Don't get too excited about that Assassin's Creed movie, because development hell could be just over the horizon. To get the movie made, Sony Pictures has signed over a massive amount of creative control to game developer Ubisoft, and that might just mean the flick never happens at all.
Assassin's Creed is a massively popular videogame franchise, with more than 30 million copies of three installments sold and a fourth game on the way that's expected to have equal or greater success. This means that any movie made from the blockbuster games would have a massive built-in audience, and that means money, and that means Ubisoft wants to hold on to as much power as possible.
According to insiders, the Assassin's Creed film rights landed at Sony only after several other studios—including Universal, Warner Bros. and DreamWorks—passed on the project when they either couldn't handle Ubisoft's demands or just didn't want to. But now that Sony is ready to deal, they're giving Ubisoft approval on nearly every phase of the production, from the script to the budget to the cast to when the thing hits theaters.
"As a director, even Steven Spielberg cannot get this kind of deal," one insider told Vulture.
Though it certainly seems like a good idea to give a direct role in the filmmaking process to the people who made the franchise so successful in the first place, there are some who fear that giving Ubisoft this unprecedented level of control over the project could spell doom for an Assassin's Creed movie before it even gets off the ground.
"The whole Ubisoft/Sony deal is a waste of ink, paper and time," another insider said. "The level of control Sony gave up means, effectively, that Assassin's Creed will never—and I mean never—get made."
But why does Ubisoft want to be so hands-on in the first place? Don't they have videogames to make? The answer to that question can be summed up in three words: Prince of Persia. See, that's also a Ubisoft property, and they let Disney make a movie that turned out to be an absolute flop.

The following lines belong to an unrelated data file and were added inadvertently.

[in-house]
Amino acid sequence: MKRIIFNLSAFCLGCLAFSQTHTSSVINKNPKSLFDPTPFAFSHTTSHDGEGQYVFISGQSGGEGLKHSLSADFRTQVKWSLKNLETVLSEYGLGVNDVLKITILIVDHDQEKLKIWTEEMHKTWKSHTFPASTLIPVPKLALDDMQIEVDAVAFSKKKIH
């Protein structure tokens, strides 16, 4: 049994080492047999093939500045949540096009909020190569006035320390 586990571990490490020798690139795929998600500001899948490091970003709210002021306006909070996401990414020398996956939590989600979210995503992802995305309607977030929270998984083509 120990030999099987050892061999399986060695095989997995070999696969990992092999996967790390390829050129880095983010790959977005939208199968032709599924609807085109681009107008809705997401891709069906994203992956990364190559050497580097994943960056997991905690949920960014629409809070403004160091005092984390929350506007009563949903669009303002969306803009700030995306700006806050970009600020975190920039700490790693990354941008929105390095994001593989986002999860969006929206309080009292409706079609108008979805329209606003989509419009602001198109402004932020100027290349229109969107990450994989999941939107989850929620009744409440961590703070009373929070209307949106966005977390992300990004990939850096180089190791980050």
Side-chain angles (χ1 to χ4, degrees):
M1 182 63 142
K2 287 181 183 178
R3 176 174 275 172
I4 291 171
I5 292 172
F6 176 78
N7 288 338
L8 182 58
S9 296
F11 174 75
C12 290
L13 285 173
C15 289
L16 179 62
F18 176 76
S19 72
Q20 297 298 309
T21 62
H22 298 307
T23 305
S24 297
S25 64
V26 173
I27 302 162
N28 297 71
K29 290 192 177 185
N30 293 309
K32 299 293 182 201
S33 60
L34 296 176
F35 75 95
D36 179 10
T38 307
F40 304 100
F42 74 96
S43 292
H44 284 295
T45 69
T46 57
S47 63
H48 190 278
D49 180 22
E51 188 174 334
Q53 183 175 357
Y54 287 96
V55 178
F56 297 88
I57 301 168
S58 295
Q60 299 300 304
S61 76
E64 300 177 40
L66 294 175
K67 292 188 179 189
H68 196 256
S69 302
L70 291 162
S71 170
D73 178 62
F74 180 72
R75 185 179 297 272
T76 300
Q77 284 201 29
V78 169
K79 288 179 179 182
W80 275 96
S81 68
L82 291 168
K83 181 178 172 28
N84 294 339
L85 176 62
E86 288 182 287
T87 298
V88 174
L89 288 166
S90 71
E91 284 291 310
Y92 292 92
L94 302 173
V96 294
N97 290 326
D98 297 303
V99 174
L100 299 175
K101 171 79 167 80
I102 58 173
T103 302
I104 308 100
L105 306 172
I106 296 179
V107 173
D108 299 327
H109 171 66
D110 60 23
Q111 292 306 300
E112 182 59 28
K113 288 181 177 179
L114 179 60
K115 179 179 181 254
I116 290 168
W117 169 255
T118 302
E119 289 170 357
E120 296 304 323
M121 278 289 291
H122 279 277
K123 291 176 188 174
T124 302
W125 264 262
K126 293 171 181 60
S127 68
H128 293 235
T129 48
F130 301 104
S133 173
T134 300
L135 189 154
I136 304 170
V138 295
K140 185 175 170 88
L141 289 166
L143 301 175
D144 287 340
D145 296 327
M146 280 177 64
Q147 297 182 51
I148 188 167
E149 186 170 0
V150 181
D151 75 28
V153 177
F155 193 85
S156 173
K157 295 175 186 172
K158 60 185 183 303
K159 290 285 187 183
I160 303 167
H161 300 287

Disney claims Prince of Persia: The Sands of Time bombed because Ubisoft couldn't leave well enough alone, but Ubisoft claims that Disney messed it up all by themselves. Either way, that flick's failure means Ubisoft is doing everything it can to keep the same thing from happening to its other properties. It's understandable, but it could have a very negative impact on the filmmaking process for Assassin's Creed.
"It's [Ubisoft's] billion-dollar brand, so I get that they're protective," an unidentified studio head who was once interested in the flick says. "But they're not moviemakers, and the only way to make sure it's a bad movie is to undervalue what movie studios do—and this is a deal that totally undervalues what movie studios do."
But what does Sony have to say about all this? They make movies, too, but they seem to think letting Ubisoft get this deep into the movie business is just fine. The reason might be a simple financial one. Another source claims part of the deal is that Ubisoft will invest a considerable portion of its own money in the flick, leaving Sony to pay "only a fraction of what a studio typically would spend to option or develop a script."
So Ubisoft is basically buying its way into the movie business, and lots of people in the movie business are saying it just won't work. But why not? Let's not be so quick to call this a disaster. The whole take-the-movies-into-your-own-hands thing seems to be working out pretty well for Marvel, so why can't it work for Ubisoft? It might be a strange new way of doing things, but it's too soon to call this a bad idea. After all, Hollywood's been making bad videogame movies for a while now, so why not let the game developers themselves have a turn?